On the morning of 13 May 1945, five days after the formal capitulation of Hitler’s Wehrmacht, a German military court delivered death sentences on two German naval deserters, Bruno Dorfer and Rainer Beck. The trial occurred in an abandoned Ford assembly plant on the outskirts of Amsterdam, a site used by the Canadian army for the concentration of German naval personnel. Later that same day, a German firing squad, supplied with captured German rifles anda three-ton truck from the Seaforth Highlanders of Canada and escorted by Canadian Captain Robert K. Swinton, executed the two German prisoners of war a short distance outside the enclosure. Dorfer and Beck were among the last victims of a military legal system distorted by the Nazi state. At the time no one, Canadian or German, questioned the justice of the event.

This tragic incident demonstrated a disturbing degree of cooperation between Canadian military units and the defeated German military. Why did German deserters like Dorfer and Beck continue to die after the end of the war? The executions were a matter of convenience. The Canadian military allowed the German military structure to function after the capitulation. Under this questionable arrangement, the German armed forces in Holland disarmed, concentrated, and evacuated themselves. To accomplish the gigantic task in an orderly and disciplined way, Canadian military authorities mistakenly relied on the vanquished German military leadership.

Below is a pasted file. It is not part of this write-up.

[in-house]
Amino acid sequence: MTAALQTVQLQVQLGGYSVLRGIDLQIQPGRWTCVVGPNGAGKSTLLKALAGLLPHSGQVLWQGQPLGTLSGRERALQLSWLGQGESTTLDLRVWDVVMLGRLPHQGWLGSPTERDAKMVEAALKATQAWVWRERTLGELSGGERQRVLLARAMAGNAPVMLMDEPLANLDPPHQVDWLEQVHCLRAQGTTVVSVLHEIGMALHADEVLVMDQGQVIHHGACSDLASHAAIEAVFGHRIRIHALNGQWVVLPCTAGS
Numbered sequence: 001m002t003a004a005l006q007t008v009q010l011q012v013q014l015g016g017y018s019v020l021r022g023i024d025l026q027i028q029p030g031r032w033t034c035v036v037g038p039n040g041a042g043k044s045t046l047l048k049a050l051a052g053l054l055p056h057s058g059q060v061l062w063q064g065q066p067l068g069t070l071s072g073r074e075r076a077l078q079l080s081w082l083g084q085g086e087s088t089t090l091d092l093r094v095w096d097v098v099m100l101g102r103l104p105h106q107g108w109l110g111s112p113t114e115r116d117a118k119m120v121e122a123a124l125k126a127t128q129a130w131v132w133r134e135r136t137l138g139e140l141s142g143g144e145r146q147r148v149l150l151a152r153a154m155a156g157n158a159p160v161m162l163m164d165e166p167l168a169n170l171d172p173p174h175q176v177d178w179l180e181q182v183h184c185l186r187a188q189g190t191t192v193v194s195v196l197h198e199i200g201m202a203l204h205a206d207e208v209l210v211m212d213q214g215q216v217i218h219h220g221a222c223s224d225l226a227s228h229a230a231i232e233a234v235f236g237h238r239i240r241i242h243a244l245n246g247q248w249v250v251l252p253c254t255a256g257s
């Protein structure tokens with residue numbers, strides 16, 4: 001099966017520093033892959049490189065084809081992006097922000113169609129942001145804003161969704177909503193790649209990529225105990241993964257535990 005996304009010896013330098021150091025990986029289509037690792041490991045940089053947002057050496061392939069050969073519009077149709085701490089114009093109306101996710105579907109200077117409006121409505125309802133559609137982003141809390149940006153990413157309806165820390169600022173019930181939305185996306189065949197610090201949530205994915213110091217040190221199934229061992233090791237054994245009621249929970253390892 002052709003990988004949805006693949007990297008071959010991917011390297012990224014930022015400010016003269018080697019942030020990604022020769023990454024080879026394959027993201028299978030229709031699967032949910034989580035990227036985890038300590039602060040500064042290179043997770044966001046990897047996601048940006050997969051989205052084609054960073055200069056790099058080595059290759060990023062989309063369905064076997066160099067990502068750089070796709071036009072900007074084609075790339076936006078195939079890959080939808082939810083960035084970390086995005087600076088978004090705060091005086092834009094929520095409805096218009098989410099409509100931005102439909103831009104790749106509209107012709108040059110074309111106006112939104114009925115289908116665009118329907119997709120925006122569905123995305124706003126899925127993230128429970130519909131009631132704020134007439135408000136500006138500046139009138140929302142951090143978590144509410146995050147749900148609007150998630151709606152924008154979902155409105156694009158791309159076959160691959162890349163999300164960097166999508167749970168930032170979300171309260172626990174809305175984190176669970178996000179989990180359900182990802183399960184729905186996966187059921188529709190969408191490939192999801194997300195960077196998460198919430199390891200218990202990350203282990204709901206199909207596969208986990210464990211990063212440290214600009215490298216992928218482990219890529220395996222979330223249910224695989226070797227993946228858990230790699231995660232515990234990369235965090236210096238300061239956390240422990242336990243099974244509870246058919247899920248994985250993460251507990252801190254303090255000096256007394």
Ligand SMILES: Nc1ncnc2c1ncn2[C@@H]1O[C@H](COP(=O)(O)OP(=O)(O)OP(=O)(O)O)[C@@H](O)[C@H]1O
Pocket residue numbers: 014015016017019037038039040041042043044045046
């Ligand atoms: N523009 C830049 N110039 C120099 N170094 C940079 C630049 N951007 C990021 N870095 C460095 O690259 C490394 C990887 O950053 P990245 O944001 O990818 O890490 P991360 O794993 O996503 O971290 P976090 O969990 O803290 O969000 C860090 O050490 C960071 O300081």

German commanders and military judges continued to apply an irregular military law against deserters; and Canadian restrictions on these actions remained limited and hesitant. In this situation, larger political and strategic considerations worked against deserters like Dorfer and Beck. Canadian reactions, during and twenty-one years after the execution, reflected a sad record of indifference and callousness for these unfortunate victims of latent Nazism.